Wednesday, October 16, 2019

Resting Pupil Sign & Intelligence



Okay, this is ridiculous! My kid just came home and said his teacher said there was a correlation between resting pupil size problem-solving intelligence. I told him that was a bunch of crap and not to believe everything he hears. What are teachers teaching these days?”

Thank you for this question. My guess would be that the teacher was passing along recent researched conclusions. Before you are too hard on your kid for being willing to share new information with you, it might help to remember the comment by Wayne Walter Dyer, EdD: The highest form of ignorance is to reject something you know nothing about. There are studies related to resting eye pupil size in relation to fluid intelligence or the ability to solve problems, apply logic, and identify patterns. This in contrast with crystallized intelligence that involves using skills, knowledge. and experience. Three researchers, in a series of three studies, systematically investigated whether pupil size during a passive baseline was associated with individual differences in working memory capacity and fluid intelligence. More tomorrow.

Monday, October 14, 2019

Sadness and Anthropomorphizing


 When I feel sad about something it is very difficult for me to change that, even after I have grieved and “thought” I let go of it. Any suggestions?

A recently published study suggests that anthropomorphizing the sadness may help. What does that mean? When people anthropomorphize, they tend to attribute human characteristics or behavior to someone other than yourself: an animal, and inanimate object, a god . . .  When you talk about a thing or an animal as if it were human, you're anthropomorphizing it. The Easter Bunny is an anthropomorphized rabbit. For example, humans tend to anthropomorphize their pet dogs. Apparently, this works for sadness, as well. Create a mental image of something on which you can transfer some of the sadness and this can help you detach from it. More tomorrow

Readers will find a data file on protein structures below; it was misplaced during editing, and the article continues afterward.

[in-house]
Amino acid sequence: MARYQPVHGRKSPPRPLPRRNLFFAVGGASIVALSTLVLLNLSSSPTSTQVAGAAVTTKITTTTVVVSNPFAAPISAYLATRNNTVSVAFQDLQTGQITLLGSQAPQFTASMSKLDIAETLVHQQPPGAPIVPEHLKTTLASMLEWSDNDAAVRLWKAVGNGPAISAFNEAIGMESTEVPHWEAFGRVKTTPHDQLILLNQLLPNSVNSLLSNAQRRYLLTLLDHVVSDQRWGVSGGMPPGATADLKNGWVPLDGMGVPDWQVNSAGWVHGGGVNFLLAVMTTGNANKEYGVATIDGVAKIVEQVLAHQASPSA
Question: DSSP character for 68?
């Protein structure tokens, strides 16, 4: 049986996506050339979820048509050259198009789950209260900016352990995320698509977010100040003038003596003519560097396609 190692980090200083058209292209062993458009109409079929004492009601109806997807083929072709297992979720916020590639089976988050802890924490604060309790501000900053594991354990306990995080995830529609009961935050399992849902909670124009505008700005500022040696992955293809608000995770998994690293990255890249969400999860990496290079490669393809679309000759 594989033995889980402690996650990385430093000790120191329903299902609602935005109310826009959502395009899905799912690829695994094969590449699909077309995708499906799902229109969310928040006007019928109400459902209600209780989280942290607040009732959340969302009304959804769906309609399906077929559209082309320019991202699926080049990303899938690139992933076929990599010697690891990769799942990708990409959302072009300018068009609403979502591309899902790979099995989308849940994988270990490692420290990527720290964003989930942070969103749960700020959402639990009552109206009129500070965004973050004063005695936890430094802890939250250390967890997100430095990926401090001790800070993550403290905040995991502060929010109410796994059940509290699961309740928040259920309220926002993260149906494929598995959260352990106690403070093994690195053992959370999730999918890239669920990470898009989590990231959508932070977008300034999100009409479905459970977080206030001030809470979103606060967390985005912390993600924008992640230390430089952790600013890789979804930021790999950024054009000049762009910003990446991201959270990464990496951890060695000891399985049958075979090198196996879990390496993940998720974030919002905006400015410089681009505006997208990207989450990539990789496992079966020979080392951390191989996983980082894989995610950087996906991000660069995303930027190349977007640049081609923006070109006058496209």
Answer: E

Friday, October 11, 2019

Air Pollution


This air pollution business is a bit unsettling. Is it really a problem?

The International Energy Agency  estimated that Indoor and outdoor air pollution contribute to the deaths of around 18,000 people per day, worldwide. Air pollution—derived largely from industrial energy production and use—is linked to 6.5 million premature deaths annually. Clean air is needed for good brain-body health. “Yet despite growing recognition of this imperative,“ the Paris-based intergovernmental organization noted, “the problem of air pollution is far from solved in many countries, and the global health impact risks intensifying in the decades to come.”

https://www.the-scientist.com/the-nutshell/global-air-quality-crisis-continues-33301

B. Maher et al., “Magnetite pollution nanoparticles in the human brain,” PNAS, doi:10.1073/pnas.1605941113, 2016.

Thursday, October 10, 2019

Air Pollution and Cognition




If there is a chance that air pollution can negatively impact a fetal brain, what is it doing to children and adults?

According to the World Health Organization, air pollution is bad for one’s health. Period. Estimates are that 4.2 million deaths each year are related to air pollution.

There is a great article in The Scientist you might enjoy. Well, “enjoy” might be a step too far, but it is interestingly informative, from my brain’s opinion.